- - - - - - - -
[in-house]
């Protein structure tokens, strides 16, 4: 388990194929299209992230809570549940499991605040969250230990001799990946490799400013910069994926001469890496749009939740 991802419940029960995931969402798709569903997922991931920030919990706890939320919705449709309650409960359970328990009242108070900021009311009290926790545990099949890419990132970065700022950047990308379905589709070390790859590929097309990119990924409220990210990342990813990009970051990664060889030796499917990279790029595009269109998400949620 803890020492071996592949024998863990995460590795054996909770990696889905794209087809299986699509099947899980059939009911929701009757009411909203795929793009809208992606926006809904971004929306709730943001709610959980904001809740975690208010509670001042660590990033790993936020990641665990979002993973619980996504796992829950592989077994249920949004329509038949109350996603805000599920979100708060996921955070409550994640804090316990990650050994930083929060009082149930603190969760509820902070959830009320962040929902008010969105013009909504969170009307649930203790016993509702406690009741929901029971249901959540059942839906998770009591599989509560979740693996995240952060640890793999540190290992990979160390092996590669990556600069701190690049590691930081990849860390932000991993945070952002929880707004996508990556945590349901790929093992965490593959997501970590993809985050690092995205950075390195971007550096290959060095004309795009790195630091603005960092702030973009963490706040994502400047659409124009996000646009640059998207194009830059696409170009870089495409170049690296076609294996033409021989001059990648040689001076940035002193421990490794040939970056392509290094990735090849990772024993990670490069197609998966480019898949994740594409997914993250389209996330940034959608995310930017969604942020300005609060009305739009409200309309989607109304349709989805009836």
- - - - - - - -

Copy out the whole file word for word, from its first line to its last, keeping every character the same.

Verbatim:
[in-house]
């Protein structure tokens, strides 16, 4: 388990194929299209992230809570549940499991605040969250230990001799990946490799400013910069994926001469890496749009939740 991802419940029960995931969402798709569903997922991931920030919990706890939320919705449709309650409960359970328990009242108070900021009311009290926790545990099949890419990132970065700022950047990308379905589709070390790859590929097309990119990924409220990210990342990813990009970051990664060889030796499917990279790029595009269109998400949620 803890020492071996592949024998863990995460590795054996909770990696889905794209087809299986699509099947899980059939009911929701009757009411909203795929793009809208992606926006809904971004929306709730943001709610959980904001809740975690208010509670001042660590990033790993936020990641665990979002993973619980996504796992829950592989077994249920949004329509038949109350996603805000599920979100708060996921955070409550994640804090316990990650050994930083929060009082149930603190969760509820902070959830009320962040929902008010969105013009909504969170009307649930203790016993509702406690009741929901029971249901959540059942839906998770009591599989509560979740693996995240952060640890793999540190290992990979160390092996590669990556600069701190690049590691930081990849860390932000991993945070952002929880707004996508990556945590349901790929093992965490593959997501970590993809985050690092995205950075390195971007550096290959060095004309795009790195630091603005960092702030973009963490706040994502400047659409124009996000646009640059998207194009830059696409170009870089495409170049690296076609294996033409021989001059990648040689001076940035002193421990490794040939970056392509290094990735090849990772024993990670490069197609998966480019898949994740594409997914993250389209996330940034959608995310930017969604942020300005609060009305739009409200309309989607109304349709989805009836």